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WHO Urges Ethical, Safe Practices In Organ Transplantation

Ruzanna Harutyunyan's picture

Transplantation of human organs, tissues and cells is a worldwide practice that has extended and enhanced the quality of hundreds of thousands of lives. It has also given rise to unethical practices because of a gap between demand and supply. The World Health Organization aims to equip its Member States with a set of guiding principles at a regional meeting on WHO Guiding Principles on Organ Transplantation to assist them in promoting safe and ethical transplantations.

“WHO advocates strategies that would improve the quality, efficacy and safety of donations and transplantation. We need to ensure transparency and address legislation appropriately to prevent trade in organs and exploitation of humans”, said Dr Samlee Plianbangchang, WHO Regional Director for South-East Asia, at the opening of the meeting.

Twenty prominent policy-makers and transplant surgeons from the South-East Asia Region, along with experts from India, Spain, Thailand, the United Kingdom and the United States, will be attending this four-day event.

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WHO estimates that globally, about 66 000 kidney transplants take place every year. In addition, 21 000 liver and 6 000 heart transplants are undertaken. Estimated numbers of annual kidney transplants in India and Thailand are around 5 000 and 300, respectively. In India alone, 150 000 patients suffer from end-stage renal disease, while 200 000 patients need liver transplantation and 80 000 require heart transplants. The non-availability of adequate numbers of donors remains a major challenge.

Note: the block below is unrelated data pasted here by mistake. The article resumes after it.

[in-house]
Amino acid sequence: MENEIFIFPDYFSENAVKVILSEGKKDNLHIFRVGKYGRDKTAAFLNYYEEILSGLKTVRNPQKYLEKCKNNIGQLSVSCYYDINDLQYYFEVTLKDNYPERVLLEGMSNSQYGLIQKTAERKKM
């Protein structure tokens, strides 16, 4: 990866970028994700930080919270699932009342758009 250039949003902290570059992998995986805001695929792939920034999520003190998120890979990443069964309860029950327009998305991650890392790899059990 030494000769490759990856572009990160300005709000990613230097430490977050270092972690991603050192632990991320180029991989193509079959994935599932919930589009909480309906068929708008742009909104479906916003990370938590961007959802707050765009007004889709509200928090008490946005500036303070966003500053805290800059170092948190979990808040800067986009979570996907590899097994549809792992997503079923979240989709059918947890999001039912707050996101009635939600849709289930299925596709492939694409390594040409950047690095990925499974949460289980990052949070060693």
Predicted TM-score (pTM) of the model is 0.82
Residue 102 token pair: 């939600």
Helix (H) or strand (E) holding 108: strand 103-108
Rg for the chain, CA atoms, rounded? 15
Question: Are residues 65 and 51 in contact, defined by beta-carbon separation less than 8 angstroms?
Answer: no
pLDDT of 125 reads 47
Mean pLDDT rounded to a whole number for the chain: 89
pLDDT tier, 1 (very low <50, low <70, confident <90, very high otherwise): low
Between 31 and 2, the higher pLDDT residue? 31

In light of these challenges, as well as changes in practices and attitudes regarding organ and tissue transplantation, WHO has updated its Guiding Principles on Human Organ Transplantation in 2008 through an extensive process of global consultation.

These revised guiding principles are intended to provide an orderly, ethical and acceptable framework for acquisition and transplantation of human cells, tissues and organs for therapeutic purposes. They address issues of access, quality, safety and ethics in transplantation. In addition, WHO launched a Global Knowledge base on Transplantation (GKT) in 2006 to collect global data on transplantation-related activities and practices, legal framework and organizational structure.

“In spite of existing legal frameworks on transplantation of human organs in several countries in the South-East Asia Region, commercialization and trafficking in human organs is frequently reported in various countries. Ethical practices in organ donation and transplantation, as well as access to adequate numbers of organs, are of paramount concern to WHO”, Dr Plianbangchang stressed.